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About suesspiciousminds

Law geek, local authority care hack, fascinated by words and quirky information; deeply committed to cheesecake and beer.

7 responses

  1. Jerry Lonsdale

    I have specifically avoided any response to this whole case on principle that there are still a few holes left to fill, e.g the original lower case judgment, without it speculation would be rife,

    I would further say that we have seen all too often how cases can explode into an almighty battle like we saw with the Ashya King and the “Forced C Section” cases.

    When we or the courts have to resort to publishing the name of a child I feel very uncomfortable with that and while I do see some minuscule merit I tend to sense something along the line has gone spectacularly wrong.

    I feel now we need to revisit the Clayton v Clayton ruling from 2005 and particularly paragraphs 77 and 78

    http://www.5rb.com/wp-content/uploads/2013/10/Clayton-v-Clayton-CA-27-Jun-2006.pdf

    “77. The practical consequence which flows from this judgment is that henceforth it will
    be appropriate for every tribunal, when making what it believes to be a final order in
    proceedings under the 1989 Act, to consider whether or not there is an outstanding
    welfare issue which needs to be addressed by a continuing order for anonymity. This
    will, I think, be a useful discipline for parties, judges, and family practitioners alike.
    If there is no outstanding welfare issue, then it is likely that the penal consequences of
    s.97 of the 1989 Act will cease to have any effect, and the parties will be able to put
    into the public domain any matter relating to themselves and their children which they
    wish to publish, provided that the publication does not offend against s.12 AJA 1960.

    78. Our judgments in this case are likely to have an impact, and must not be
    misunderstood. The fact that the provisions of s.97(2) of the 1989 Act, cease to
    operate after the conclusion of the proceedings does not mean that parents are free at
    that point to draw their children into an ongoing public debate about their welfare or
    other wider issues. The court, after the conclusion of the proceedings, retains its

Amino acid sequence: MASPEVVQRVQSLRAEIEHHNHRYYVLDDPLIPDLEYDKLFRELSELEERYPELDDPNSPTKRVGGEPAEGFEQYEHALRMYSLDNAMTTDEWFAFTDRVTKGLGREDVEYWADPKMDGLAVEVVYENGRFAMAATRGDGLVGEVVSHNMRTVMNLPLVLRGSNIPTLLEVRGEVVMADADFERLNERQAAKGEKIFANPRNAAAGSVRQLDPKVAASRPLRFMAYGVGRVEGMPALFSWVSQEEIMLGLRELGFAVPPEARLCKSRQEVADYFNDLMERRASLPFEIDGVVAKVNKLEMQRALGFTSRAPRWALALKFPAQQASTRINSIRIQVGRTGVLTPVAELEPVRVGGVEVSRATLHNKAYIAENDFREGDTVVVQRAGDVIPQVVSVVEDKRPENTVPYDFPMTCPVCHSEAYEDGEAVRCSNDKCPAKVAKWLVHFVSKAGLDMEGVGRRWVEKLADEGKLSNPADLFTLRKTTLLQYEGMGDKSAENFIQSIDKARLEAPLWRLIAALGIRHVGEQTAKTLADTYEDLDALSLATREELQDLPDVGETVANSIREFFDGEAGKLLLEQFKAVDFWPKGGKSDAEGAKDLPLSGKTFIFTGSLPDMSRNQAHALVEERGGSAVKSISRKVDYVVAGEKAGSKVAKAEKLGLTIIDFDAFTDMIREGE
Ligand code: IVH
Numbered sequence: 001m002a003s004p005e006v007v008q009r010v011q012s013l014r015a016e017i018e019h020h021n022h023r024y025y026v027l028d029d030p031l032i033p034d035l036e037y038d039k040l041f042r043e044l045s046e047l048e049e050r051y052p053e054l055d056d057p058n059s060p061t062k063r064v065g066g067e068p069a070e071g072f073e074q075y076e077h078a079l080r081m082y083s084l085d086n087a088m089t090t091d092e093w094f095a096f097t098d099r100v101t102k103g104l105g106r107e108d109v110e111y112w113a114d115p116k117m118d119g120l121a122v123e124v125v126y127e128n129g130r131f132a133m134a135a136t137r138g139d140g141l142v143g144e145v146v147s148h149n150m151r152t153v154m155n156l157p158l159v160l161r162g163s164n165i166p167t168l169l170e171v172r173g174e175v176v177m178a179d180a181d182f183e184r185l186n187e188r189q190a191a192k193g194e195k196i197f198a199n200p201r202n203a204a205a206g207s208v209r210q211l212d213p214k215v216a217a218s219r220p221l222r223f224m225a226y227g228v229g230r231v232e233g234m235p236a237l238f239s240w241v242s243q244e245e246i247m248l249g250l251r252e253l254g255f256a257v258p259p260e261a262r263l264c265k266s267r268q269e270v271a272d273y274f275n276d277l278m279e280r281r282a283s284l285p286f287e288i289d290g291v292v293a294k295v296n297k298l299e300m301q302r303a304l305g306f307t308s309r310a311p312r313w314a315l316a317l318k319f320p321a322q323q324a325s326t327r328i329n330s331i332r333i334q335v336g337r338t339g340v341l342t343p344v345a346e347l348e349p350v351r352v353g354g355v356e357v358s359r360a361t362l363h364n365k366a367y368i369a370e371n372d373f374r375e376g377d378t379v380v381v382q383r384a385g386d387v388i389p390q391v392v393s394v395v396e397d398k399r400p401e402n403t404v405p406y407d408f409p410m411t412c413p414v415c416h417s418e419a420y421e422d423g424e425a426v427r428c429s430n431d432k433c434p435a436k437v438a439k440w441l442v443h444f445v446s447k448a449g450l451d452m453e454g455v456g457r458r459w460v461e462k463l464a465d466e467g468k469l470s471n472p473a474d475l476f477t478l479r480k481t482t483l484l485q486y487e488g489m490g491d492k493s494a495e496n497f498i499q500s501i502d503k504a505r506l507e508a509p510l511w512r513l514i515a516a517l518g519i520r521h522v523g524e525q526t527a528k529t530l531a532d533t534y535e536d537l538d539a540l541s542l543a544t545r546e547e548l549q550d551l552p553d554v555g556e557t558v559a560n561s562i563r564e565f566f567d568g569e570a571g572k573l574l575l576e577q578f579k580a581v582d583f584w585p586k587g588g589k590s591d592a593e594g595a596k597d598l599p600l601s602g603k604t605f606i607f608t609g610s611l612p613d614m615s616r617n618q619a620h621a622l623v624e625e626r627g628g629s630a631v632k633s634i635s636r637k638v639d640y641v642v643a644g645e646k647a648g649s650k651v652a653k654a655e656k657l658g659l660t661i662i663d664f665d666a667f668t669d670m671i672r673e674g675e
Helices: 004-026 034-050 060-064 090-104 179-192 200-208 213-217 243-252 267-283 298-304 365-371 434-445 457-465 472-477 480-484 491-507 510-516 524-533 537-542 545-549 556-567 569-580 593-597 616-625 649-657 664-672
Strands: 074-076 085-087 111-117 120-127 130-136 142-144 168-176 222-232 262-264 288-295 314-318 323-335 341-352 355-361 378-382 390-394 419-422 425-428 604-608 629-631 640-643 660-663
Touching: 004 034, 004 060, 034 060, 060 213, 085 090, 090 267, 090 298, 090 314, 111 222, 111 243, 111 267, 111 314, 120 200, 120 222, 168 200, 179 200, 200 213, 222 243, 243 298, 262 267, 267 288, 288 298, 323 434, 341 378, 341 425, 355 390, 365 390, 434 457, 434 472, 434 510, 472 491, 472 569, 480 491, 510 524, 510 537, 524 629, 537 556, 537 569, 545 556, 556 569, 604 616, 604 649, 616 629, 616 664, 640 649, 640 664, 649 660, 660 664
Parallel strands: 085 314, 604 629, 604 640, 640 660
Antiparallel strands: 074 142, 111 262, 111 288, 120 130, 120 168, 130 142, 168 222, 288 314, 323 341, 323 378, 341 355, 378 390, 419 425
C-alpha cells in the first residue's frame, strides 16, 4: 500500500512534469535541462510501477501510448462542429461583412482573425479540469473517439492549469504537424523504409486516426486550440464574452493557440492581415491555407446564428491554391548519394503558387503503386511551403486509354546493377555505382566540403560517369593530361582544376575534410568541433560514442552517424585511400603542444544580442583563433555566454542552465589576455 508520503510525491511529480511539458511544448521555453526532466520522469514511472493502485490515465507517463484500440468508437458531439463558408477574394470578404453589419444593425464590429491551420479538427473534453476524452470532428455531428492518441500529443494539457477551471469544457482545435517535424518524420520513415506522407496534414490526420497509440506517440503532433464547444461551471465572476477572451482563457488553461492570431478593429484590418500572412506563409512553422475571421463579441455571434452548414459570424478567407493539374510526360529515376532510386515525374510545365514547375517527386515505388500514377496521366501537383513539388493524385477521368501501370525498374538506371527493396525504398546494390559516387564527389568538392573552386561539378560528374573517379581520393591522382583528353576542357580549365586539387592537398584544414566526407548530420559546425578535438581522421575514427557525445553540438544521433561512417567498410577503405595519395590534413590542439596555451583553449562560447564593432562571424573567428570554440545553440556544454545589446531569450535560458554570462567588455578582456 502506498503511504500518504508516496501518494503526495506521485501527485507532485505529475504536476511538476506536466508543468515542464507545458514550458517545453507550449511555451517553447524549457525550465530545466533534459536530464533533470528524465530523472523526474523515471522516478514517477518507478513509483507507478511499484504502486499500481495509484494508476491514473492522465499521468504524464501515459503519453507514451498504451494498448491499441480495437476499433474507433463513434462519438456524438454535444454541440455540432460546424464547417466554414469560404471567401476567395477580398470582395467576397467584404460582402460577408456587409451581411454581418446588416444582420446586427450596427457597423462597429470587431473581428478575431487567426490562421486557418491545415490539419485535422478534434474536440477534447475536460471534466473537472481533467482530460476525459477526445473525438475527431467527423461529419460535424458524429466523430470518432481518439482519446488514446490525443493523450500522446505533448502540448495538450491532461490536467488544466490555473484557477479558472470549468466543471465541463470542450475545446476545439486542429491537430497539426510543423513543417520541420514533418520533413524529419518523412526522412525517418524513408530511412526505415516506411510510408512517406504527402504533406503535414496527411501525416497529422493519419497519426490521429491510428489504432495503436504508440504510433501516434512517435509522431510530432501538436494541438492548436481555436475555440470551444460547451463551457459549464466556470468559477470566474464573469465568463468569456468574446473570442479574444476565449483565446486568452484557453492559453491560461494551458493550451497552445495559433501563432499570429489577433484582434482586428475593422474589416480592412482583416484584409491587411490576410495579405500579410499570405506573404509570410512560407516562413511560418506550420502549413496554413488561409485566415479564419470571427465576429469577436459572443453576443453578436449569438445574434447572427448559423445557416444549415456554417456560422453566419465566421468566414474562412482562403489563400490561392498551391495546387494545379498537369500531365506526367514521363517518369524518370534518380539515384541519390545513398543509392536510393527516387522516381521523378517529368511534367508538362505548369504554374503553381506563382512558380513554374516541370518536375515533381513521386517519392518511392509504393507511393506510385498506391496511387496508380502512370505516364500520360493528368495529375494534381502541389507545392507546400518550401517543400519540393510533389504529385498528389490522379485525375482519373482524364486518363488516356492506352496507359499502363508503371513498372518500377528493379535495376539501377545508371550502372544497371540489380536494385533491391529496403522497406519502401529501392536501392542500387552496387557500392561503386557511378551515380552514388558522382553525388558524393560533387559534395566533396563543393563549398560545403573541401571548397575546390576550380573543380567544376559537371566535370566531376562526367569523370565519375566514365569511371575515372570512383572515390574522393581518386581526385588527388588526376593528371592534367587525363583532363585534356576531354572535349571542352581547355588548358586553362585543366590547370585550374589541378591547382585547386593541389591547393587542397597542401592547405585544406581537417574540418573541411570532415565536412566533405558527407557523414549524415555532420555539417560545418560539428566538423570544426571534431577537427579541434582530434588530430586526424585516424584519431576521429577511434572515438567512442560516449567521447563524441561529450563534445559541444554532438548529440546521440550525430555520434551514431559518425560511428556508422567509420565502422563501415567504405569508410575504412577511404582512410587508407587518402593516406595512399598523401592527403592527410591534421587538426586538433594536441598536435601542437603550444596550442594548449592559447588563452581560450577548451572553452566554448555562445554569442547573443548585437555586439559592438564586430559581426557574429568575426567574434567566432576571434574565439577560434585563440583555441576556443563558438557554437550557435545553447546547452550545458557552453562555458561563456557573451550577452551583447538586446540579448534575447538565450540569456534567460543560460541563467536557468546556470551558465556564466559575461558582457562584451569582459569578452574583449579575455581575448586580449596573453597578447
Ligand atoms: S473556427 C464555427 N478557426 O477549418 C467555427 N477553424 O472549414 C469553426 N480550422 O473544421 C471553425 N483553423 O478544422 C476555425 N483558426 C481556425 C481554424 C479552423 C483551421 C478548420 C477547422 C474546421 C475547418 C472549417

welfare jurisdiction and will be able to intervene where a child’s welfare is put at risk
    by inappropriate parental identification for publicity purposes. Quite where the line is
    to be drawn between CA 1989, section 1, and ECHR, Articles 8 and 10, in this
    context remains to be seen, although I venture to think that in practice most parents
    will recognise it. But let those parents who do not be in no doubt that the court’s
    powers under the ss 1 and 8 of the 1989 Act remain, as do its powers to grant
    injunctions.”

    With this Minnock case I still question whether it was right to name the Child, was the child at such imminent risk to justify it, again when Ashya King was names it was “Thought” he was in grave danger and could die within 24 hours, with that sentiment only to be proved wrong once the judgments were published.

  2. The mothers escape happened not because she lost custody but because they said she would lose all unsupervised contact.No non criminal non violent parent should ever lose contact .Both parents in such cases should have reasonable periods of such contact if the ss are serious about children having a relationship with both parents .

  3. Sorry Suess, but I can not do you the favor to smooth over that case and only talk about if this woman still deserves to see her kid and how often.

    Whoever has seen a family court from the inside and was at the receiving end of perpetrator legal abuse knows that a very awful routine has happened here all over again.